Avoid cotton socks for two reasons. First, the sock is more likely to rub against the back side of your feet, which means blisters. Cotton socks will soak up the moisture being generated by your feet leaving the inside of your shoes wet/damp.
Another option for footwear is hiking sandals. These shoes are designed especially for hiking excursions. They are tough, durable, and many are waterproof. Some hikers choose to wear the sandals without socks. But, when the sandals are paired with a set of hiking socks, the entire bare foot has a layer of protection against scratches and scraps plus feet stay warmer. The downside of hiking sandals and socks is if the trail is muddy or if you’ll be hiking through streams it will result in wet socks, which will need to be replaced with a dry pair. While some hikers may be fine with this, keep in mind you’ll end up transporting several pairs of wet socks in your backpack.
Brands to consider for footwear include Salomon, Nike, Columbia, Merrell, SCARPA, Lems, Danner, and more. Hiking sandal brands to consider include HOKA ONE, Xero, Teva, Chaco, and Bedrock, to name a few.
Choices in Legwear that Support Hiking in 60 Degree Weather
Legwear is a personal choice between shorts and longer pants. Shorts are a good choice especially for those who have a higher tolerance for cool legs. During the day when the sun is providing warm rays, shorts work well for many hikers traversing the trails when the temperature is moderate.
On the flip side, if the climate is rainy, cloudy, or windy combined with 60 degrees, shorts may not offer an adequate level of warmth. This is true whether hiking in the spring or fall. To get around this, wear a pair of leggings beneath the shorts. This provides a layer of warmth if the climate suddenly changes from sunny to gloomy. Also, the trail may wind its way through thick, shady forests where the sun’s rays aren’t as strong and legs are subjected to thorny underbrush, etc. The leggings come in handy for this type of hiking environment, too.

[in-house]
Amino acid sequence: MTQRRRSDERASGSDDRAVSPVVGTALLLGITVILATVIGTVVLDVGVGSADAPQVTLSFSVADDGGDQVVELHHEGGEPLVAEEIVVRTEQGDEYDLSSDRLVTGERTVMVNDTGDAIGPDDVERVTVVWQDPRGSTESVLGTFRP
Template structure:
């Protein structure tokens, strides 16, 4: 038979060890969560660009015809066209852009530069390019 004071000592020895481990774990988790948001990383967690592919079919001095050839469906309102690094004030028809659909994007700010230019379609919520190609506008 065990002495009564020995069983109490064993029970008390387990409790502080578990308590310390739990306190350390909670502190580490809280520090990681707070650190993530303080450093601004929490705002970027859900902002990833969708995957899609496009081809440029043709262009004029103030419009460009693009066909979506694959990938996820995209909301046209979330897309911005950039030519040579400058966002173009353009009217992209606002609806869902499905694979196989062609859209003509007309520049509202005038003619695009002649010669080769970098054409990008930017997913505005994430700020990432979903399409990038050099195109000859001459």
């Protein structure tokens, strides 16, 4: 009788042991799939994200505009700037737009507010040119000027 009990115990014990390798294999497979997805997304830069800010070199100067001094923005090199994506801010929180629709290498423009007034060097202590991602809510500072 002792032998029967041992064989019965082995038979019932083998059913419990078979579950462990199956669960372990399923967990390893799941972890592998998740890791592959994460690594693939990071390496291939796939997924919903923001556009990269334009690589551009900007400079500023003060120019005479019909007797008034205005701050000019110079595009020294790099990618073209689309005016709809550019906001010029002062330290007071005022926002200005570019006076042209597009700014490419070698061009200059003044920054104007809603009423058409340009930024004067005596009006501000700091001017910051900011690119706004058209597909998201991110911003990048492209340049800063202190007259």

If you’re hiking trails that wind through areas that are heavily landscaped, a pair of long pants made of durable non-absorbent material, such as nylon, polyester, and spandex, provide your legs with protection from getting scratched from brush and stems.
To have the best of both worlds, choose a pair of specially designed hiking pants that can be easily converted from long pants to shorts. This style of hiking pant allows hikers the freedom of easy movement when wearing the short version especially when climbing. If the weather changes cooling down the temperature or the trail’s terrain puts your legs in direct contact with too many obstacles, the long version can provide a layer of warmth, protection, or both.
Some top choices in hiking pants include Prana Stretch Zion, RailRiders Backcountry Khakis, KUHL Renegade, Marmot Men’s Arch Rock, REI Co-Op Sahara, and Arc’Teryx Leffroy.
Shirts to Wear When Hiking in 60 Degree Weather